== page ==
El Paso, a Texas city on the border with Mexico, has been experiencing many difficulties in recent months in managing the arrivals of migrants crossing the southern border of the United States. In the summer months, arrivals in the country almost doubled, going from around 4,900 per day in April to the current 9,000. According to the mayor, Democrat Oscar Leeser, the city is “close to the breaking point.”
El Paso is one of the major centers affected by the great increase in migratory flows from Mexico, which for migrants is often only the last stage of a longer journey that passes through many countries in South and Central America. San Diego in California and Eagle Pass in Texas are two other cities experiencing a similar situation.
According to data provided by the local administration, the city of El Paso currently manages over 2000 arrivals per day, compared to the 300-400 that were the norm until a couple of months ago: the majority of migrants are Venezuelan nationals, two thirds they are single men, the rest are families, with 2 percent of unaccompanied minors. At the moment the city has a single shelter for migrants and homeless people that can accommodate up to 400 people, but in the last ten days the authorities have had to find accommodation for thousands of people.
Five buses were organized on Saturday to transfer some of the migrants to New York, Chicago and Denver. In recent years some Republican governors had made similar choices, forcibly sending migrants to states governed by Democrats, but in this case Mayor Lesser specified that the transfers were agreed upon, were implemented on a voluntary basis and that the migrants were able to choose the destination.
The emergency situation in El Paso is not only a local issue, but has also become a political case on a national level. The Biden administration in May launched new measures to manage the immigration issue. It had favored the stabilization of some of the migrants already present in the country (specifically allowing 500,000 Venezuelans to obtain a residence permit for two years) and had established a quota of “agreed crossings” of the border, to prevent migrants from doing so independently , risking their lives in the desert or crossing the Rio Grande River.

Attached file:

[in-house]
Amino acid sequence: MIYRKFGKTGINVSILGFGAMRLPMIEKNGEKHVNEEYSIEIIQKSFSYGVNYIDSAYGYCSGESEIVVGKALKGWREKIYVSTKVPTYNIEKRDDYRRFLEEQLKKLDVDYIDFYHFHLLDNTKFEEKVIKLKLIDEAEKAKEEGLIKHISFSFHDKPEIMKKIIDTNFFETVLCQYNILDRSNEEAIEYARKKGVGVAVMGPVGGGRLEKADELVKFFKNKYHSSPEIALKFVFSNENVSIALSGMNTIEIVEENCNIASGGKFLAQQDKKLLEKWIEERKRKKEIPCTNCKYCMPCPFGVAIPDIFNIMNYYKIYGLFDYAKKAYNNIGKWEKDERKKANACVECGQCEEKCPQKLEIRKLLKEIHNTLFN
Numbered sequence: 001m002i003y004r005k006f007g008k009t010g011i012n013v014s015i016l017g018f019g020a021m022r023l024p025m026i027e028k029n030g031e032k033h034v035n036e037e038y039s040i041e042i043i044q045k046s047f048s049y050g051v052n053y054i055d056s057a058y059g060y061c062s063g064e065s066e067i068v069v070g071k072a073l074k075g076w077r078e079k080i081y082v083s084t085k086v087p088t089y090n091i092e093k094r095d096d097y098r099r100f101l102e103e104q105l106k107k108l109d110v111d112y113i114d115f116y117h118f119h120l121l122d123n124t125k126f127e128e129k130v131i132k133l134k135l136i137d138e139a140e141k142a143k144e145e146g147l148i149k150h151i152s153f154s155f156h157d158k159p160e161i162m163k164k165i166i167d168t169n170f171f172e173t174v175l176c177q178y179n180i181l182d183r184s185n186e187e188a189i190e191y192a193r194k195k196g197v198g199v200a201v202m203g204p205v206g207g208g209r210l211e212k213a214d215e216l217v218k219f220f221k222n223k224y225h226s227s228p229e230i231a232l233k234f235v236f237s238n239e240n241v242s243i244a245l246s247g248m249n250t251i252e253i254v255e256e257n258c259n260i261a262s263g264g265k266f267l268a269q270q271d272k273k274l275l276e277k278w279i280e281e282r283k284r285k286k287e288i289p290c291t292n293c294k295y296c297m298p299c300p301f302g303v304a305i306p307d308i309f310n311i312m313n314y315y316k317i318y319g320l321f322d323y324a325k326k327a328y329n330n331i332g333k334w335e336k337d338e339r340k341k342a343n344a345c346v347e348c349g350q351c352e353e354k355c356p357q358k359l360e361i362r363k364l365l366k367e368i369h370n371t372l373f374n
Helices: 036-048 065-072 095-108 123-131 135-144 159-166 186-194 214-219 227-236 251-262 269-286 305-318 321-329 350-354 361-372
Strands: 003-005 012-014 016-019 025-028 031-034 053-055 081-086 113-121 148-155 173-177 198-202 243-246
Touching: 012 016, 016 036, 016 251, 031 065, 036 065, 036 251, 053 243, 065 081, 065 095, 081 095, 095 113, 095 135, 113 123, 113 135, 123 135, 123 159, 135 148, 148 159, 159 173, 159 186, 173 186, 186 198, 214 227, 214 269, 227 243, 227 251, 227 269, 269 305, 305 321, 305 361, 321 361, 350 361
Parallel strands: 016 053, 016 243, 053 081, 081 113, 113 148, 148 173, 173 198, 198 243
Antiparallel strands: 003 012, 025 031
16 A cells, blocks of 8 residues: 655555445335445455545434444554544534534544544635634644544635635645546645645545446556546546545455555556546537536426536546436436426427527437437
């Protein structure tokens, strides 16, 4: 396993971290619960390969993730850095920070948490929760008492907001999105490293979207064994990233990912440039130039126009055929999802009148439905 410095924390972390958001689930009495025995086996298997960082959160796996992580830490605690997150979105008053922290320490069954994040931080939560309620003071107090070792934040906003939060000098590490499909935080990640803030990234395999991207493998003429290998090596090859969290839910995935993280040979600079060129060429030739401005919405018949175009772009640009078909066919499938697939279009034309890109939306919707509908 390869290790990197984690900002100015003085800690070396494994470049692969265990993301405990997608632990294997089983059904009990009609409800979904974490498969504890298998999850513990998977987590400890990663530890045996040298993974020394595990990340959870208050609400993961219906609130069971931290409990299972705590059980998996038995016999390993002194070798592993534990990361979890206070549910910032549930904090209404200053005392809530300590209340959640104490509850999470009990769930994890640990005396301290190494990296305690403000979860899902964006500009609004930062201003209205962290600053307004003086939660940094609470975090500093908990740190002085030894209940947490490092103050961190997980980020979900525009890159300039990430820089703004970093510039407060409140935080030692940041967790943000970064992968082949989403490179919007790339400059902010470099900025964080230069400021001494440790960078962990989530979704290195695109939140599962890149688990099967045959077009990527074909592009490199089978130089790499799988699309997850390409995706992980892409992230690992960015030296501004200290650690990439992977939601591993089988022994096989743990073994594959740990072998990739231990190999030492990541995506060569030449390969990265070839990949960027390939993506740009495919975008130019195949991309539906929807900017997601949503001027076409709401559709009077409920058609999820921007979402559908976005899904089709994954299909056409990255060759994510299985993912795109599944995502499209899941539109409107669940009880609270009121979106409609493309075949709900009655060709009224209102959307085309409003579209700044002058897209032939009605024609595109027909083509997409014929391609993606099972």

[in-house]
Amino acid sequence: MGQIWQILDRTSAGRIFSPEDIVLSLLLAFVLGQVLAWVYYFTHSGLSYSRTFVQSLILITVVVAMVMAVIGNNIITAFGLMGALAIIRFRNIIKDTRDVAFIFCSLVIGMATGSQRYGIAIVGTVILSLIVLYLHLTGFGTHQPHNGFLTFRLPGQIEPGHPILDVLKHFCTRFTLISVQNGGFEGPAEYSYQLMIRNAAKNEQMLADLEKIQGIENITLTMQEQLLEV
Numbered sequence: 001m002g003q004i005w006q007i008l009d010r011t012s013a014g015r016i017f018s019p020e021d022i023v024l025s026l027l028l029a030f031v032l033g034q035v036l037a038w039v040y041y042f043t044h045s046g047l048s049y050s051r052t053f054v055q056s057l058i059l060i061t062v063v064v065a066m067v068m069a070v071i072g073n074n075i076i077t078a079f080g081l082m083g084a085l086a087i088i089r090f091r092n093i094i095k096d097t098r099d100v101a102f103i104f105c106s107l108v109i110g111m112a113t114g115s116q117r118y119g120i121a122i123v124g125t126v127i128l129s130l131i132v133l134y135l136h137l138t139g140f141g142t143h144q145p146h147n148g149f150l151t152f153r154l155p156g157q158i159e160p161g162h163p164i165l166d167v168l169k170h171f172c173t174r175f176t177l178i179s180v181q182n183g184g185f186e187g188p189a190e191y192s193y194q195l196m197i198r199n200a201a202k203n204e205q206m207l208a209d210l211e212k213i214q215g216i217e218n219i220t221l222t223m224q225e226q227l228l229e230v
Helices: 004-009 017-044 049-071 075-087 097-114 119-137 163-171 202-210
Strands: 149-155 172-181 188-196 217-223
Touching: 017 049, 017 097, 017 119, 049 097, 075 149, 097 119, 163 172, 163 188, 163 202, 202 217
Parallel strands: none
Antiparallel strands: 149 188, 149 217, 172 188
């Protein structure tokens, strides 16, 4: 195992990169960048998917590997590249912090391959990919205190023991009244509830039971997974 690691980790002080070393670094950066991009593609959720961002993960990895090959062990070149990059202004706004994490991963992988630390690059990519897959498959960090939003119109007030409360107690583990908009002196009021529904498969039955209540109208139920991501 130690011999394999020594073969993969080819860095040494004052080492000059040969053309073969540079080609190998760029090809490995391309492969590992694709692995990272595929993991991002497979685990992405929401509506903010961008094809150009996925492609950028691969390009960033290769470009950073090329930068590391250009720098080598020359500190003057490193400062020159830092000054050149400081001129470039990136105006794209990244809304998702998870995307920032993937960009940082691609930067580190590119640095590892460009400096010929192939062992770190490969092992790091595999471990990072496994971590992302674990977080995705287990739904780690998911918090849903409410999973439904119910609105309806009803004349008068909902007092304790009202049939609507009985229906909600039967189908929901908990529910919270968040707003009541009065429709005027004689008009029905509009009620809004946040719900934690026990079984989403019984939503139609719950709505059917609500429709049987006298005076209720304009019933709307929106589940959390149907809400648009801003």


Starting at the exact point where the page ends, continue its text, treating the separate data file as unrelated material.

Currently, you can book an appointment for an agreed and supervised border crossing with an app. Once they enter the United States, the procedures remain the same: asylum requests are examined (a legal process that can take years), while migrants who are not eligible are repatriated. The new regulations in fact provide for migrants who cross the border illegally immediate repatriation and a ban on entry into the United States for the following five years.
The large numbers of arrivals in recent weeks are making it increasingly complex to operate these forced repatriations, which occur rather randomly, based on the availability of flights and the choices of the border authorities. Those who are not returned remain in the country without a permit, often with a court date scheduled months later. Even the appointments on the app, which have reached 43,000 in a month, are not enough to satisfy all requests, and some migrants decide not to wait and to attempt the crossing independently or by paying traffickers.
The increase in entries does not have a single explanation: a strong component is linked to the persistent economic crisis in Venezuela, but the origins of the migrants are varied and an increase in people coming from Africa has also been reported. The authorities of Panama, a Central American state which is an obligatory passage on the route arriving from South America, have said they expect that by the end of the year there will be 500 thousand migrants entering the country, double compared to 2022.
– Read also: The problem of migrants using freight trains in Mexico to get to the United States